Lacey talks a lot about realignment — the state’s shift of prison inmates to local lockups — and the need to make it easier for less serious criminals to avoid incarceration.

“Right now, the criteria is very stringent in order to get into alternative sentencing courts. You can’t even have had a misdemeanor assault," she said.

Lacey hopes to become the first woman and first African American D.A. in L.A. County.

Another candidate seeks to make the same history: Danette Meyers, who was born and raised in Compton.

“The D.A.’s office in the next four years needs a dynamic leader, somebody who’s not a technocrat,” Meyers said — referring to Lacey as the technocrat.

Meyers, 54, joined the office the same year as Lacey, and she's handled everything from murder cases to Lindsay Lohan. She’s supervised branch offices and presided over the L.A. County Bar Association.

Meyers said she led reluctant bar members to publicly oppose Proposition 8 — the state ballot measure that outlawed same-sex marriage. It’s an example of her willingness to lead, she said. Meyers is the only DA candidate who supports this year’s state ballot initiative to eliminate the death penalty.

"That initiative on the ballot should pass,” she said. “Why we’re spending $184 million on a system that’s not working, and at the same time we’re closing the doors to our Cal State’s and UC’s to our kids."

The DA’s race is non-partisan, but the L.A. County Democratic Party has jumped behind Meyers. The labor union that represents frontline prosecutors and former DA Gil Garcetti also endorse her. But Meyers has struggled to raise money. She's raised $160,000. Trutanich has raised $1.8 million. Lacey has raised $530,000.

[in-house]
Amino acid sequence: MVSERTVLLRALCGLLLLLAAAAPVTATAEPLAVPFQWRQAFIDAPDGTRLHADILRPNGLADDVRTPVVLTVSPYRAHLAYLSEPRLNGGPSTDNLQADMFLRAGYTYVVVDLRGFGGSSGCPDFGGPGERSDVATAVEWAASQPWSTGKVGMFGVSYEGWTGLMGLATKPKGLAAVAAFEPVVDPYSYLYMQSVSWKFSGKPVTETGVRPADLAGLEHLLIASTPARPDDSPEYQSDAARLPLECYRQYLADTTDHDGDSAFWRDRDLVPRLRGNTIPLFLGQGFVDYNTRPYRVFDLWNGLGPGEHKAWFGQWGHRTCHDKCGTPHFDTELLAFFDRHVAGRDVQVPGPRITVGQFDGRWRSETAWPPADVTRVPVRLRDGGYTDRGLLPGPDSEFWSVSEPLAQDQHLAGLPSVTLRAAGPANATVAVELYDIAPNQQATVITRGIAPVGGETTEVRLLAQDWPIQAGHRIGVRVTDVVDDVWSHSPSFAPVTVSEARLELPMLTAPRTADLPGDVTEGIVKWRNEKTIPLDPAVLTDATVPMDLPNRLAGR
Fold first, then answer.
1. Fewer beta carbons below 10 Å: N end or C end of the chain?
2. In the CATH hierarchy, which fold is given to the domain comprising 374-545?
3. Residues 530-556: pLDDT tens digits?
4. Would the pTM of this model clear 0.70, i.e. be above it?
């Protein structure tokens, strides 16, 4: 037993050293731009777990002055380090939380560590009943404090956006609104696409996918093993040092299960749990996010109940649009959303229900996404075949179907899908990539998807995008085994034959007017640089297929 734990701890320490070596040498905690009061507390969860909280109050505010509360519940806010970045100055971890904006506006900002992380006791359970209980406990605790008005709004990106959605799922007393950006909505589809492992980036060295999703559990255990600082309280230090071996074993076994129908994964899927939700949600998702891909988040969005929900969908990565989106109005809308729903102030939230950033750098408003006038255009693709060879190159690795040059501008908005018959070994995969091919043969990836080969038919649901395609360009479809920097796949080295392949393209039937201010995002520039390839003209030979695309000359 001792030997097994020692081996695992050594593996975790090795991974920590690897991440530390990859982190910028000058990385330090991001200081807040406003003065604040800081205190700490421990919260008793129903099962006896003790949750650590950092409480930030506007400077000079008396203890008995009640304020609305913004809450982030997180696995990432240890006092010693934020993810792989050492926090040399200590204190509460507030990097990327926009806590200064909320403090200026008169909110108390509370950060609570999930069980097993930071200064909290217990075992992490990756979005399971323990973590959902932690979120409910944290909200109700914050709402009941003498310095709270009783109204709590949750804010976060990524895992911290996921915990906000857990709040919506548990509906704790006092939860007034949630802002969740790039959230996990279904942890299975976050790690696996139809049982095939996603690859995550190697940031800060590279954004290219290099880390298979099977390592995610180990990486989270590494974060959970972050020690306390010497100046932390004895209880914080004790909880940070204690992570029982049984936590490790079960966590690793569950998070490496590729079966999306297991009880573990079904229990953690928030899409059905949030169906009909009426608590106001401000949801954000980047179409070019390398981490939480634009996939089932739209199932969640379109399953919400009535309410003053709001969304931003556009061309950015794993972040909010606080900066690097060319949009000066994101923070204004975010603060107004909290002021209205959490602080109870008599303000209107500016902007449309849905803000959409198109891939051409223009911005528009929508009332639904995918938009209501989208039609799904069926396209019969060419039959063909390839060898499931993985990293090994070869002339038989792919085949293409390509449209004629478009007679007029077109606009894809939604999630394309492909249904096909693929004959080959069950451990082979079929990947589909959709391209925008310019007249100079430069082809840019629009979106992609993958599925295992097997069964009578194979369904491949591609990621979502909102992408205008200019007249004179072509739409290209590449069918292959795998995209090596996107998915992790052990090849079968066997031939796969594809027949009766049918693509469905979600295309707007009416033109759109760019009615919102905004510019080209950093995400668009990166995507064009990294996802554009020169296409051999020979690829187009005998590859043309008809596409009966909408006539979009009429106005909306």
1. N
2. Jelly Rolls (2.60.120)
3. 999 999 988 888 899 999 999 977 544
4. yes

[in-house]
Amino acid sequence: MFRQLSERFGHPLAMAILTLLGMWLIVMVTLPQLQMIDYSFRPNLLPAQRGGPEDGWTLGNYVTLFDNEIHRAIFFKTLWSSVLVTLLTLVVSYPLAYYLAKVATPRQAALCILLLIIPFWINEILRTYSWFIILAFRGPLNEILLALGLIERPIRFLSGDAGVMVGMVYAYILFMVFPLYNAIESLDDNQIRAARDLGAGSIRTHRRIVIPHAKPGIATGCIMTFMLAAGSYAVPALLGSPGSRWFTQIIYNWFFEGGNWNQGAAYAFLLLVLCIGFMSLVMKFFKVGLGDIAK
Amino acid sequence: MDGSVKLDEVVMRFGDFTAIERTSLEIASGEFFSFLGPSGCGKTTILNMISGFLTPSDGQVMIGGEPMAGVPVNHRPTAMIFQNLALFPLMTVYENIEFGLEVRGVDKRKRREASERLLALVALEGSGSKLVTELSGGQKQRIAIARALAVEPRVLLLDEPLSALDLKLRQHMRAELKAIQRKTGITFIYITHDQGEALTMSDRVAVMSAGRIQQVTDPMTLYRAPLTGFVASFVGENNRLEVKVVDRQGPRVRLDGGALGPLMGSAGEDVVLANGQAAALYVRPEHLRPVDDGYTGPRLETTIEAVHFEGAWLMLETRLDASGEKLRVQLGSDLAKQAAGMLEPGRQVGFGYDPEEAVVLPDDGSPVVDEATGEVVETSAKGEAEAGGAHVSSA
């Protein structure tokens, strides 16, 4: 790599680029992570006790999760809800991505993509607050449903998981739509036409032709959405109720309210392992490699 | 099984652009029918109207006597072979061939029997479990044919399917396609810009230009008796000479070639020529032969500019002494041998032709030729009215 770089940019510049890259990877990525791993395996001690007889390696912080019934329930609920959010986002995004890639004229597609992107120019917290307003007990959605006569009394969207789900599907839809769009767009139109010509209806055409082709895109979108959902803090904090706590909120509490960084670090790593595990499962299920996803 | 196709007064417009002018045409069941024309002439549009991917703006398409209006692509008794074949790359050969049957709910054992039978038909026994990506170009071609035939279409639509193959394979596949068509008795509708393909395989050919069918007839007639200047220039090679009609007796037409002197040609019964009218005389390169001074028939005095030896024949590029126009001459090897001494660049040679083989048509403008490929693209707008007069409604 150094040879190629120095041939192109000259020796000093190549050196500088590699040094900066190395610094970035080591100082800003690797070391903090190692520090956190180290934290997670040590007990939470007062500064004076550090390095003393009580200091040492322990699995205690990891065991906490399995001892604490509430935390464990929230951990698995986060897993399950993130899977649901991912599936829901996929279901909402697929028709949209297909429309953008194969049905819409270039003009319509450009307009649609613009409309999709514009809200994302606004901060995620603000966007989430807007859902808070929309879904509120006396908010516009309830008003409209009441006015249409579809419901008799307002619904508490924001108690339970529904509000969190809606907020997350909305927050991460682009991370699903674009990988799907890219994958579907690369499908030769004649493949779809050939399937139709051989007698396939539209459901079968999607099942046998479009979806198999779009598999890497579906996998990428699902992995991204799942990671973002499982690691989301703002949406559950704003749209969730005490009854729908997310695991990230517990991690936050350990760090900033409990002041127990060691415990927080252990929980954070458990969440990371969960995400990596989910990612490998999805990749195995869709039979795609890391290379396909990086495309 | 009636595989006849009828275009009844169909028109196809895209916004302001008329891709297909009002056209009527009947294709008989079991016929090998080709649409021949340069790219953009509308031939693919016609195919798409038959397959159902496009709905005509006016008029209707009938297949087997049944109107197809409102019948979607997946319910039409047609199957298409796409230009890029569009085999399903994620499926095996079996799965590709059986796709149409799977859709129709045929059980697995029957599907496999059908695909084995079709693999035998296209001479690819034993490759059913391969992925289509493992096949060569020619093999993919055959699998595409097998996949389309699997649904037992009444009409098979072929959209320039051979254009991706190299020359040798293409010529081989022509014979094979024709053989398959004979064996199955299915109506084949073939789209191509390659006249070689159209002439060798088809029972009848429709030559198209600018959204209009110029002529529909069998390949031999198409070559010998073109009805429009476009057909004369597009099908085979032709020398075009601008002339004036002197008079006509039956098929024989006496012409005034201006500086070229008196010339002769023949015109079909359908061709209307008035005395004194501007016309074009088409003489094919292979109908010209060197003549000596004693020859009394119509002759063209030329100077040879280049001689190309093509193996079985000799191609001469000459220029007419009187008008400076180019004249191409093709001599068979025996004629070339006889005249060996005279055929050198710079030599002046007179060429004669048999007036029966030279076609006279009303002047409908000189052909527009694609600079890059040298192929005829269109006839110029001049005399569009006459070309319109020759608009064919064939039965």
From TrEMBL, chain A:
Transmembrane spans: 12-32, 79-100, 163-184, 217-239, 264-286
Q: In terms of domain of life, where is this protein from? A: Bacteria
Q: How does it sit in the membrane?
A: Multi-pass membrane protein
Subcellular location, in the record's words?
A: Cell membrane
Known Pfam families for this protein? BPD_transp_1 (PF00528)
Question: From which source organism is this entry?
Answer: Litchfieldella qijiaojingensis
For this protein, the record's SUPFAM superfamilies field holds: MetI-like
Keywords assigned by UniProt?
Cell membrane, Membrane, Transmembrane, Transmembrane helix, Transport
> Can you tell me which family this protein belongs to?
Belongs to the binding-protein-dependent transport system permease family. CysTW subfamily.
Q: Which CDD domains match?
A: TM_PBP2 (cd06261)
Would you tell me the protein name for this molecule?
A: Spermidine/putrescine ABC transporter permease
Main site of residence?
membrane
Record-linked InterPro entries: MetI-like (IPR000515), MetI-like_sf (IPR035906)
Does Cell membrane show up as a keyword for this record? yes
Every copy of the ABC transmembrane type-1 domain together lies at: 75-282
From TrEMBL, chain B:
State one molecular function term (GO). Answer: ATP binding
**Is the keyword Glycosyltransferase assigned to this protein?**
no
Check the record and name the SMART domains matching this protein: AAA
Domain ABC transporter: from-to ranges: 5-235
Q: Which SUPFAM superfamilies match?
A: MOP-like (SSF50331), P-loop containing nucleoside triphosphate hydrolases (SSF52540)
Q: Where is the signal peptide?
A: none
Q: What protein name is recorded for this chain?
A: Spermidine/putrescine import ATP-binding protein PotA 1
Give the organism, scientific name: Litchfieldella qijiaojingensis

One other candidate has raise more than half-a-million dollars: Deputy DA Alan Jackson, who might be described as the TV. prosecutor in the race. He appears regularly as a member of NBC Dateline’s “Unsolved Case Squad.”

At 46, Jackson is the youngest candidate. He is a Republican backed by the state party, and a member of the DA’s elite major crimes division. Jackson is widely regarded as a star prosecutor in the office. He led the team that won a murder conviction against record producer Phil Specter.

Jackson, who was born in Texas, said he’d address the influx of state prison inmates to the county under state realignment by sending them elsewhere.

“For instance Arizona, New Mexico, Texas, Nevada," he said. "It would allow us to ship them to an empty bed facility, usually at a cheaper cost.”

Like the other candidates, he said he’d also lobby for more state resources for rehabilitation programs. “Let’s make it easy on the newly released prisoner to integrate back into the community,”

That kind of statement heartens another candidate in the race - Deputy DA Bobby Grace. The major crimes prosecutor said he entered the contest to push the debate toward rehabilitation.

“All of the candidates have moved in that way," Grace said. "When the campaign first started, people were talking about jail people, jail people, jail people."

He may have influenced the discussion, but Grace, 51, has raised just $80,000.

The final candidate is 69-year-old Deputy DA John Breault. He's filed no campaign finance report and has no campaign website.